Wednesday, May 11, 2011

A Royal Nut

I did something kind of crazy two weeks ago, only because I could. . . only because I live in Europe and I can, and it was a once-in-a-lifetime-opportunity, and because my parents offered me a free place to stay, because I believe in the power of love and college sweethearts marrying after 8 years of dating, and because I was (am) a big Princess Diana fan. 

Yes, I did. I flew to London to witness Prince William marry his sweetie, Kate.
My mom, me and Big Ben
As I mentioned before, my parents are vacationing in England this summer in their RV. They had planned their trip to ensure they would be in a campground outside of London on the days surrounding April 29. I flew to Heathrow a few days before The Wedding, announcing to border control that I was in town for The Wedding (well, they asked, so. . . ), and met my parents in downtown London at a predetermined Tube stop. My parents have been to London something like 12 times, so to say they know the city is an understatement. They were like, "We need to take the 36 bus to Dorchester Road, because the Tube only goes to Dorchester Court, and then we have to walk the extra two blocks in the wrong direction, but the bus puts us on the right side of the street, and you don't have to deal with the roundabout there. . . " I am generally the navigator in my own little family, but in London I just sat back and let my parents be, well, my parents. And enjoyed the ride.

Enough about family dynamics. Our campground did not have easy access to London. We started out the morning with a 10-15 minute walk along a rather treacherous, narrow footpath to the bus stop. Then a 30 minute bus ride to the Tube, where we would spend the next 45 minutes or so until we arrived in central London. To spend 3 hours a day just "commuting" on vacation was exhausting.

Did I mention we had awesome seats?
We spent Thursday walking around London, walking the route of the wedding procession, scoping out potential good spots, gawking at the people who pitched tents outside Westminster Abbey and along St. James Park. There was palpable energy in the air already, with thousands of others doing exactly what we were doing. I had a slight pang of disappointment that I hadn't brought my own tent and sleeping bag, although I can honestly say I don't know of anyone who would have been crazy enough to sleep out with me (Alyssa maybe? If she hadn't been 35 weeks pregnant?).

Who is that, you ask? Oh. . . only the Queen.
The order of the day was printed on every newspaper and magazine available, so it was very clear that at 10am on Friday morning Prince William and Prince Harry would be leaving Buckingham Palace in a car and driving to the Abbey. The wedding started at 11am. So. . . when to arrive? Or more accurately, how early can I pull my willing-but-retired parents out of their comfy king sized bed in the RV, and get them to start the 1.5 hour journey into London? Answer: 6am, with departure scheduled for 6:30am. I admit, I was nervous about what kind of crappy seat/views we would get, arriving into London at 8am.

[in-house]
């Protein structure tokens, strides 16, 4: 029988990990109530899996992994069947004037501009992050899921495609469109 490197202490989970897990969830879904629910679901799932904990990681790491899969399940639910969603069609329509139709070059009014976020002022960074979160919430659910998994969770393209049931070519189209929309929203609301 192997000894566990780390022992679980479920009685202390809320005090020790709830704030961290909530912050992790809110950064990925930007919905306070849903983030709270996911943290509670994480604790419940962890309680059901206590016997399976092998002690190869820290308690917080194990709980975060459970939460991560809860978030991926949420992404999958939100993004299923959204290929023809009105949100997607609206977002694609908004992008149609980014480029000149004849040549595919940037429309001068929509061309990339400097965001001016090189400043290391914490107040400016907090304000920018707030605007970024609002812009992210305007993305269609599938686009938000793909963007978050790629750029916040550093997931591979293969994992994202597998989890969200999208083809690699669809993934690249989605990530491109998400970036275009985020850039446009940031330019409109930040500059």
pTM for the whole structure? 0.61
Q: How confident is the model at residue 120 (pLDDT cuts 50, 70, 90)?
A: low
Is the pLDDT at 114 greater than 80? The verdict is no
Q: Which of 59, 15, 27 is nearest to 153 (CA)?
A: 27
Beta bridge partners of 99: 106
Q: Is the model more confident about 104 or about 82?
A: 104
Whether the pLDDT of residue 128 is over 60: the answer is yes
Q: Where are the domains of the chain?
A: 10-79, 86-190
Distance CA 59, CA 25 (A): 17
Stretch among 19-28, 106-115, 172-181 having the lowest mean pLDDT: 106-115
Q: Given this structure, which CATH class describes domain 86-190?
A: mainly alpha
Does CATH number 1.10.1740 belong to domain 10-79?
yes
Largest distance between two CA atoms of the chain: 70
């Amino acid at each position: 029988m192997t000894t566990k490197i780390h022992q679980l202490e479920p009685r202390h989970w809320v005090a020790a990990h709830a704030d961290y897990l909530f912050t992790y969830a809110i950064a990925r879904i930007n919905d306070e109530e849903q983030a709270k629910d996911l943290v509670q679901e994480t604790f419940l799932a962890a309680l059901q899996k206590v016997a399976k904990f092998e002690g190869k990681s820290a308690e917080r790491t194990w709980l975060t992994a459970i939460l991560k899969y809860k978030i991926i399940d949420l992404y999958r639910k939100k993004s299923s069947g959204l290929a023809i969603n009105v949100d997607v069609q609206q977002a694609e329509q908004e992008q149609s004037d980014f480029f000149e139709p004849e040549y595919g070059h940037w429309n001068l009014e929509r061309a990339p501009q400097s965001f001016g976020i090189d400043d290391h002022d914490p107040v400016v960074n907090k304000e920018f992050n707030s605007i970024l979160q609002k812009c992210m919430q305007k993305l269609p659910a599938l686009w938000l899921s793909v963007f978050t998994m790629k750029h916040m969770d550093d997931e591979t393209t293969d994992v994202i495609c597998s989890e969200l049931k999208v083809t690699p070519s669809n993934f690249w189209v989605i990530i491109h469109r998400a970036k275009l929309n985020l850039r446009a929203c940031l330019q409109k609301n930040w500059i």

(Editorial note: I do have to laugh at my use of the word "awesome", because it is not one I use regularly in my day to day speech. More so, in October a British B&B owner said to me, "oh, I have Americans coming? I've been told I'll hear the word awesome a lot.")

Kate and Wills wave from the balcony, as seen
on the huge screen at Trafalgar Sq.
All modes of transportation into London were surprisingly underused. We walked past Trafalgar Square towards Westminster Abbey, down Whitehall, and noticed a few legs dangling from above. A few people were sitting on wide stone windowsills, just kitty-corner from the Horse Guards Arch--through which the cars and carriages would drive to and from the Palace and the Abbey. We spotted an open windowsill about 6 ft. high, and I scrambled up. The sill was amazing: enough room for the 3 of us, with extra room for our bags and jackets. But the view: even better! The route would take a 90 degree turn essentially right in front of us, slowing down to make it through the narrow Horse Guards arch. Had we been 5 minutes later, the spot would have been snatched up. We couldn't believe our luck. Tents be damned.

At 10am, the procession started with William and Harry riding by in a car, William very visible in his red uniform. I heard someone screaming, "yeaaaaaaaah William! Whoooo-hooooo Harry!" only to realize--it was me. I honestly was not expecting that! But there was just something about the crowd's excitement, the band, the flags, the cheering--I couldn't help myself! Although as the Queen drove by, yes--it was exciting--she is the Queen--but even silly-American me knew not to yell, "yeeeeeahhh Queenie!!!"